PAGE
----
Sunday, September 14, 2008


Famously mispronounced by Americans as Clove-ly, Clovelly lies on the North Devon coast between Hartland and Westward Ho! It is a privately owned village estate and as such an entrance fee is payable as you pass through the visitors centre. £15 for a family ticket (the woman on the desk agreed with me that family tickets should be for three children, but alas they are only for two.) So we paid for an extra child. We also collect two Fun Trail quizes. Oh no! I thought, not more questions we have to search for the answers to instead of just wandering around and enjoying ourselves, but this quiz proved to be both informative and Fun - just like it said on the tin.
I used to come to Clovelly often as a child (you didn't have to pay then), and it has changed little, but I saw places today that I have never seen before. And that was thanks to the quiz. There is a Fishermans Cottage set up as it would have been 100 years ago, complete with old fisherman to direct you to the correct places to look for the answers to the questions. And just next to this is Charles Kingsley's cottage, complete with Charles Kingsley (only a model this time). This cottage is where he lived whilst writing the book Westward Ho!

Clovelly is largely a pedestrian only zone and as you can see from the photo the walk up and down from Visitors Centre to Harbour is along steep cobbled streets. The residents of Clovelly use sledges to transport goods around, and donkeys, and the donkeys are around for the obligatory tourist shots and on certain days for people to ride. Today was their day off.
When we reached the harbour we stopped for an ice cream. There is a pub/hotel at the bottom of the hill and many people were sat along the Quay in the sunshine today drinking beer and wine. That seemed like a good idea to me but my husband was still suffering from a night out with the boys. So we strolled along the Quay walls while I had several small heart-attacks envisioning my children falling off the side, then headed for the long walk back up the hill.
Once back in the Visitors Centre we went to watch the 20 minute introductory video we probably should have watched at the beginning of our visit. I actually found it better this way around as we were shown things we were much better off discovering by ourselves. The video, narrated by Joss Ackland, a resident of Clovelly, answered some of the quiz questions we'd missed out. The quiz was then handed in to the desk, where the children were awarded their prize. I was convinced this would only be a small portion of chocolate by the children were allowed to choose from a selection of small toys. My youngest chose a bouncy ball and the middle one a hanging star mobile thing to put in her room. I was dead impressed. All in all Clovelly is definately worth a visit.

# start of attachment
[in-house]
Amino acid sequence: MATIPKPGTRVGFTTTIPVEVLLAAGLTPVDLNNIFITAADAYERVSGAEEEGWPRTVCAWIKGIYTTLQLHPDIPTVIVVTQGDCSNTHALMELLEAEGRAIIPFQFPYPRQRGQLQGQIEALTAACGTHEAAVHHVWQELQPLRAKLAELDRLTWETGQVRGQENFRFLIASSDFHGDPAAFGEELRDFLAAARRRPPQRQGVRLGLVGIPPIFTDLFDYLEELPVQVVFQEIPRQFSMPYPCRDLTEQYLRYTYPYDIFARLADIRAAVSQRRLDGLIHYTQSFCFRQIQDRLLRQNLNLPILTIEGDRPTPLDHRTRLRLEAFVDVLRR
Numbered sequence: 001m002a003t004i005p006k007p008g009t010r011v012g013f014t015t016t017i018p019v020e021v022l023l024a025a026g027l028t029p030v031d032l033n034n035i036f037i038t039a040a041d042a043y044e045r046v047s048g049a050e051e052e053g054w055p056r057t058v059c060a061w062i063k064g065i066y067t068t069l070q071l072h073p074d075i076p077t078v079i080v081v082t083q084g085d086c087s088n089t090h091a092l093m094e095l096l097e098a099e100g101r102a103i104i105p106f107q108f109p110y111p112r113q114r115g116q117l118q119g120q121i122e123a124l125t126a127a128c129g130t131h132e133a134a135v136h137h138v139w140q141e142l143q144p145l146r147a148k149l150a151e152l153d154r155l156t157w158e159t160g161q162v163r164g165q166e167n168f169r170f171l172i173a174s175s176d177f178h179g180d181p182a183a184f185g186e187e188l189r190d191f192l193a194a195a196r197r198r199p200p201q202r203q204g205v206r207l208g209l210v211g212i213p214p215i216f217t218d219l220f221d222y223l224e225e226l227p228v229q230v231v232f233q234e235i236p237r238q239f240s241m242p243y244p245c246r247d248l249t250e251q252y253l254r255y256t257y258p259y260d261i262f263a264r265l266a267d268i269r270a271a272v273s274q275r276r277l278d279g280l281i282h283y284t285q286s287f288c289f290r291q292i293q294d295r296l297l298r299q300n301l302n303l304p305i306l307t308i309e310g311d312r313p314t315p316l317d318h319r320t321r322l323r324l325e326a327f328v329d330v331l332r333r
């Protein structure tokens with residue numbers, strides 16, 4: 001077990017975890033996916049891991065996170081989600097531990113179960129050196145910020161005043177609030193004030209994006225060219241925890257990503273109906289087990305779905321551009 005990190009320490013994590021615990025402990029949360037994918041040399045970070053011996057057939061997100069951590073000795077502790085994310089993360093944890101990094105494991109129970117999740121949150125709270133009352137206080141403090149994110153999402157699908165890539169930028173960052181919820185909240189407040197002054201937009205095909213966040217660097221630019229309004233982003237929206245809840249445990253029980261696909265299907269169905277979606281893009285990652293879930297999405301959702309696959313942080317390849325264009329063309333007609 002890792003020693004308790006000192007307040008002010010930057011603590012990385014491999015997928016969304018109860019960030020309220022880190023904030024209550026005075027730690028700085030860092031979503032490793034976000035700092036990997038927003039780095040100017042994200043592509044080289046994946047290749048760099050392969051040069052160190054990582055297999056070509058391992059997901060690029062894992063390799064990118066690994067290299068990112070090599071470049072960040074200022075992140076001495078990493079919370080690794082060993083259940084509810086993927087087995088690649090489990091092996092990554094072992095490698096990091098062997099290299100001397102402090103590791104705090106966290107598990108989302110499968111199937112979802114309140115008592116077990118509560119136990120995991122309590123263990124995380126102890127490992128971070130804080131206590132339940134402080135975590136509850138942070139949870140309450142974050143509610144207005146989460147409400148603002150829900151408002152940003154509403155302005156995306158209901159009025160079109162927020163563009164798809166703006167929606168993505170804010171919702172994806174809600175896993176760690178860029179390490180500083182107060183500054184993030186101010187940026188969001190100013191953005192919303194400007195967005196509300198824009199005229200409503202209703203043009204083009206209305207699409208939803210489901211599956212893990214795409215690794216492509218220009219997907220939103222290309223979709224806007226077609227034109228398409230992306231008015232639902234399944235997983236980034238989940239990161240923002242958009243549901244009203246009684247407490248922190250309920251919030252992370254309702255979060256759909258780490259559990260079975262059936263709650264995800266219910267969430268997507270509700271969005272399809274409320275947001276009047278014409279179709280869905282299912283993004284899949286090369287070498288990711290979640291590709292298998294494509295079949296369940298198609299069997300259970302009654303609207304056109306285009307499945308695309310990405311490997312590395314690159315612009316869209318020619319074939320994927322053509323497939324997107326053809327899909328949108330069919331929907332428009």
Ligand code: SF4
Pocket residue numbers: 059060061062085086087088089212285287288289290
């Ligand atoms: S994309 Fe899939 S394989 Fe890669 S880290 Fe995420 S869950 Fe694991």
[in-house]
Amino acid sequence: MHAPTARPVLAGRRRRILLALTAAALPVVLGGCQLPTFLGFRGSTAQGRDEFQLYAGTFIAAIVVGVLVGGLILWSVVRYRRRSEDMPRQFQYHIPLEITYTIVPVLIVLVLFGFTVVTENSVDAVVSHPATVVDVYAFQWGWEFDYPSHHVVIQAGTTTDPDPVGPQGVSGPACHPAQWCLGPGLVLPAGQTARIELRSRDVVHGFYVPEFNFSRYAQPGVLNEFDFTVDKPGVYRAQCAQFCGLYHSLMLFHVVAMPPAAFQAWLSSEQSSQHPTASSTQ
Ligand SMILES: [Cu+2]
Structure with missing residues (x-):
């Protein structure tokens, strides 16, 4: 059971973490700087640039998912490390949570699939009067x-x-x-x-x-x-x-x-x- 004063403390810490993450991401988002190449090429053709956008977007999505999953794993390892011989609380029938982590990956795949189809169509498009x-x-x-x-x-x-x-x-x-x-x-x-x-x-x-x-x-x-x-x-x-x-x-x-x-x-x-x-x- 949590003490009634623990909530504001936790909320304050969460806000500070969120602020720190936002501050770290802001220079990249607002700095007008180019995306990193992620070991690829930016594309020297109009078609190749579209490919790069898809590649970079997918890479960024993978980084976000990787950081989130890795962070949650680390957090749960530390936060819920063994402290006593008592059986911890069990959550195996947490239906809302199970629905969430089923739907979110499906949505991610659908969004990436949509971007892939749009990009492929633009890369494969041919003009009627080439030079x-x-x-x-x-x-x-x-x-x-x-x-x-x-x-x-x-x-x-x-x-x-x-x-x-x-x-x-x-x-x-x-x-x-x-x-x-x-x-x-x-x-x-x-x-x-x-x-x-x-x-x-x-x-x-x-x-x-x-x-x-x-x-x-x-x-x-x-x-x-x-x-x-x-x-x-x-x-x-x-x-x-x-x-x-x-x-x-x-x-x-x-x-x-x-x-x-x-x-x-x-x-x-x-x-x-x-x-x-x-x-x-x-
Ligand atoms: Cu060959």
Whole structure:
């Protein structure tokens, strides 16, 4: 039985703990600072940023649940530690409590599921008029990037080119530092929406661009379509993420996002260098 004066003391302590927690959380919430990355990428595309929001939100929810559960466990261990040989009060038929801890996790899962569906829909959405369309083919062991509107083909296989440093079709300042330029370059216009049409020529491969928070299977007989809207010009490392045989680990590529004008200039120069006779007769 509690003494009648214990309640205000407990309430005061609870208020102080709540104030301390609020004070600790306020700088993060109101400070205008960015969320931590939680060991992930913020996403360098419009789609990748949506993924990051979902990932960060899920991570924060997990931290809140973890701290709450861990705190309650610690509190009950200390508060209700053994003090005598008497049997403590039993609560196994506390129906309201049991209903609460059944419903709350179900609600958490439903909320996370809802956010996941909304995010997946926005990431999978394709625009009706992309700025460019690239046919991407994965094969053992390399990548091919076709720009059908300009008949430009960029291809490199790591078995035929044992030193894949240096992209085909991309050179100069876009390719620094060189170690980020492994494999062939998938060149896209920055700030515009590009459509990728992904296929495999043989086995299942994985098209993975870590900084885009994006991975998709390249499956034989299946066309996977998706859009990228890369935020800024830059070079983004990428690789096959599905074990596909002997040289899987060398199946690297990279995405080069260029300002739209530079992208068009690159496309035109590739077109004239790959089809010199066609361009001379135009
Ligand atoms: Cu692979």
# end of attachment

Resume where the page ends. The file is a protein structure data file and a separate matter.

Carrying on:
Monday, September 01, 2008

Braunton Burrows

After our meal at the Williams Arms yesterday a brisk walk was in order. So we took the turning just opposite the pub and followed signs to Braunton Burrows and Crow Point. The Burrows is the largest sand dune system in England and is an SSSI, National Nature Reserve and a UNESCO biosphere reserve. There are several different ways to access it but the easiest is to follow the toll road. It cost £1.50 for cars. The single lane road is a mile and 1/4 long and is full of speed bumps but is well worth it for the amount of wildlife you can spot. We saw a white bird we didn't know the name of, moorhens, swans, ducks, and a heron, all in the stream that follows the road.

Once you reach the car park you can either climb the sand ridge over onto the beach or follow the boardwalk for a stroll through the dunes to the same beach but further out towards the estuary. We chose option 2. The landscape in the burrows is very strange with lumps and bumps everywhere. Lots of different vegetation grows. We particularly like the evening primrose. There were bumble bees darting in and out of flowers and lots of different species of butterfly flitting around.
And the beach there are fantastic views across to Appledore and over to Westward Ho! We followed the beach out towards the sea for a while then headed inland again to try the adventure of finding our way back to car park without using the boardwalk. We did eventually manage it and all that up-hill-and-down-dale effort was worth it for the photos I took. I'll post some of these on my PhotoJournal blog tomorrow - just follow the link.

The Williams Arms

This is where we started our last day of the school holidays jaunt yesterday. The Williams Arms is a very popular pub/restaurant in Braunton. You can't miss it (although my husband did nearly drive straight past in his usual I'll-just-follow-the-car-in-front mode), it's to your right just as soon as you enter the village from the dual carriageway. What you see in the photo is the pub half of the building and the restuarant is off to the right on a right angle. The restuarant was fulled booked today so I'd advise booking if you want to eat there.

We arrived fairly early at 12.30 and were able to get a table in the bar, by the time we left it was squashed standing room only as people waited for tables and ours was nabbed very swiftly. In the bar you are able to order from the bar menu and eat from the carvery in the restuarant. We all had carveries. My teenager moaned at this so I only ordered her a children's plate at £4.95. Half way through the meal she then decided that this was OK after all and wished she'd had the adult plate in order to fit more potatoes on. However, when asked which they prefered English roast or French creperie (we've just come back from France) she was the only one to say French creperie!